Among the thirty seven countries in the Organisation for Economic Co-operation and Development, only three (Canada, the USA and the UK) still use first past the post. Recent history does not suggest that either the USA or the UK is a good example of stable and responsible government. In both cases, many people of all parties are very unhappy about their politics.

Almost all other democracies have some form of ‘proportional’ voting. It’s a system where each party wins a number of seats in parliament which roughly matches the number of votes cast for that party. There are two broad ways of achieving this.

Under ‘Single Transferable Vote’, there are several MPs in each constituency, and voters rank candidates in order of preference. Your first choice may not get elected, but there is a good chance that your second or third will. This results in many constituencies electing MPs from more than one party.

The alternative is ‘Additional Member’ systems, voters have two votes: one is for a constituency MP (as we currently do in UK general elections), and the other for the party. When all the constituency MPs have been elected, the party lists are used to top up seats so that the final numbers in Parliament match the overall vote share.

What are the advantages of a proportional system?

In proportional systems, it is rare for a single party to win an absolute majority. This means they have to agree compromises to get things done. This makes it more difficult for any one party to introduce extreme policies. Negotiations and debates in Parliament ensure that policies are carefully thought through, because the Government is more vulnerable to losing votes in Parliament.

Countries with proportional elections are different. Researchers have shown that proportional countries generally have more long-term policymaking, with fewer sudden changes of direction after elections. They have less inequality, stronger public services and welfare systems, stronger environmental policies, and better gender balance in their parliaments. Election turnout is higher, and people are more likely to say they are happy with their government (even if their own vote is for a losing party).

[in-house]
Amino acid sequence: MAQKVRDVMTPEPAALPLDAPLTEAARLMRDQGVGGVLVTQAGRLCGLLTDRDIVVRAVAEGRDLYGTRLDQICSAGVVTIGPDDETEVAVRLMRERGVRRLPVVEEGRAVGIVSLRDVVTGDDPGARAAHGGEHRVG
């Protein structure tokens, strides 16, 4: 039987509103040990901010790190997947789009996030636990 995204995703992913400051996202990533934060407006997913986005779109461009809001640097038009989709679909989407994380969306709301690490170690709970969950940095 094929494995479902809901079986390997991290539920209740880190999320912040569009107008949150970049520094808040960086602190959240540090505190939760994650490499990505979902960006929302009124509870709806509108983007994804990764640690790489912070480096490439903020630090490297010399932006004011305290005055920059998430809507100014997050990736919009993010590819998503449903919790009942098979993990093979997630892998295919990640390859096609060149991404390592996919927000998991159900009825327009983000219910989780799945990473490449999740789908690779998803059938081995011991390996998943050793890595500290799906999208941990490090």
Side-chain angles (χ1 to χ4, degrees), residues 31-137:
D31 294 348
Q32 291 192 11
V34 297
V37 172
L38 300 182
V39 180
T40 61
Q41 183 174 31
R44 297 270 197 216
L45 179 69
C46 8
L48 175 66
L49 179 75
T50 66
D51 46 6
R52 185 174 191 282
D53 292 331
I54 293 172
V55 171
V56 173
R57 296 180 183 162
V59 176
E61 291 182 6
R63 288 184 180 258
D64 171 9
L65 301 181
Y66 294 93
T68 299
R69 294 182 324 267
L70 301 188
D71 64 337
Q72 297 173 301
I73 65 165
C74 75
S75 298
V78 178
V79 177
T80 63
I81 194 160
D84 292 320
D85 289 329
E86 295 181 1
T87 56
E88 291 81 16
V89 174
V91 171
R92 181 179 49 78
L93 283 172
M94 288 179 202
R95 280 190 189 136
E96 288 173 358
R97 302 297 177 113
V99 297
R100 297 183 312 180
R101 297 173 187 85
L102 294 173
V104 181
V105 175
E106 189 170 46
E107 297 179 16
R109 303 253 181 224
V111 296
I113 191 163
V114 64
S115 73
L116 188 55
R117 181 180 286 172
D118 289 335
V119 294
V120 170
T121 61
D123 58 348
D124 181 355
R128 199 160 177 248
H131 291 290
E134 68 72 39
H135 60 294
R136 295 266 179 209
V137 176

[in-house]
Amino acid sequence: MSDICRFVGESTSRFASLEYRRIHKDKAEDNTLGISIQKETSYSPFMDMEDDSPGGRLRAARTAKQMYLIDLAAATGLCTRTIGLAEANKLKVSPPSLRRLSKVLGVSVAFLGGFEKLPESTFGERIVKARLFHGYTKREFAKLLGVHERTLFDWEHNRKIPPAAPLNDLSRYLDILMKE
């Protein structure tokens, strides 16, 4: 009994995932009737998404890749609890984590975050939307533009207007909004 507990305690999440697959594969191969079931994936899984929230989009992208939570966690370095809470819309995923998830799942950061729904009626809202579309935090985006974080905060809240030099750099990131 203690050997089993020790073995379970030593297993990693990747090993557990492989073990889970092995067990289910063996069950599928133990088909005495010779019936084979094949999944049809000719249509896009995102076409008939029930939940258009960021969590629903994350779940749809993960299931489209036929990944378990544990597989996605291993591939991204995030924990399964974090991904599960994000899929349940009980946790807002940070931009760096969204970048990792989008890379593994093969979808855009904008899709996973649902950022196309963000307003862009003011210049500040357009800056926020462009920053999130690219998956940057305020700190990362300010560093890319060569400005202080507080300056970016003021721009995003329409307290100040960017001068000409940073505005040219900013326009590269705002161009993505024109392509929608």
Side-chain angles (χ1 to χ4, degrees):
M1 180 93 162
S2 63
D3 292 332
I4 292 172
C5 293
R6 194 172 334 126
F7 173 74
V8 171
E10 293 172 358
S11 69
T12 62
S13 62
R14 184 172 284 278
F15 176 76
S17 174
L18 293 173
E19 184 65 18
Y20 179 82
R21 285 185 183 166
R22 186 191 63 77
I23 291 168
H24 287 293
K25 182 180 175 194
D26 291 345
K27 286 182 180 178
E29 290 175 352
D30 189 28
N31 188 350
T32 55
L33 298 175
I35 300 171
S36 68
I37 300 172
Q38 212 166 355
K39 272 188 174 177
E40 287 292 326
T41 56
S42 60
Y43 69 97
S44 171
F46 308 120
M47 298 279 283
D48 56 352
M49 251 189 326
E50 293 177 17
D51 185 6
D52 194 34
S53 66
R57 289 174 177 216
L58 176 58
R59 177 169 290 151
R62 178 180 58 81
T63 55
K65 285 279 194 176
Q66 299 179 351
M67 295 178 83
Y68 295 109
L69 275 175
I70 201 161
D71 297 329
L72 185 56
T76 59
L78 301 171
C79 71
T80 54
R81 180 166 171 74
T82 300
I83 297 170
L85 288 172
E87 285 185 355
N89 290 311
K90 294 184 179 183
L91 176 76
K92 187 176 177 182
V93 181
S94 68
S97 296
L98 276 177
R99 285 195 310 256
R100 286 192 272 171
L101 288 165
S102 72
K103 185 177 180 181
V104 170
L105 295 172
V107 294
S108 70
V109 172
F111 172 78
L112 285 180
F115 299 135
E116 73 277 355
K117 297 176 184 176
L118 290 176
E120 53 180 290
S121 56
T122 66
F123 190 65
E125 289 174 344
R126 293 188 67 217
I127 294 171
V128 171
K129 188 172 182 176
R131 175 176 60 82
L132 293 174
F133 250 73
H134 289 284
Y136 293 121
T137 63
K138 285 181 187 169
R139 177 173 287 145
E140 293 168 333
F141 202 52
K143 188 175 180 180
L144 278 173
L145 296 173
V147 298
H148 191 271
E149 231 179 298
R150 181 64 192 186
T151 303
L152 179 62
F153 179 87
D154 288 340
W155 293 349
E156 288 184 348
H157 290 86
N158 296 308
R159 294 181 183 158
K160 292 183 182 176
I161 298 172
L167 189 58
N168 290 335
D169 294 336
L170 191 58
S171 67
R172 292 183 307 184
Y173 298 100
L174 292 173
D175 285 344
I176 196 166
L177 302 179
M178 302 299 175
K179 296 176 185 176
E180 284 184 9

Could the UK bring in proportional representation?

In polls, a majority of people in the UK say they are in favour of reforming our system, but could we change?

It is possible: in the last 20 years, 27 countries have switched to proportional systems without major problems. But it is difficult, because a party that wins under the present system is unlikely to want to change it. However, since the winning party never has an absolute majority of the votes, it is possible for the other parties to form a pact to overturn this.

Some people worry that a proportional system allows extreme minorities to get into power. Certainly, minority parties are more likely to win seats. But, once in parliament, they have to win arguments and negotiate compromises if they want to influence things. And most countries require a party to gain a minimum proportion of the overall vote (like 5%) to get any seats.

Some suggest that people will find it confusing, but voters don’t seem to have a problem in other countries. Here in the UK, we already use proportional systems in Scotland, Northern Ireland and Wales. We also used it in elections for the European Parliament.

So, a more democratic system is possible. The results would be fairer, more popular, and produce results which most of us want. Is now the time?

Can you help us reach more readers?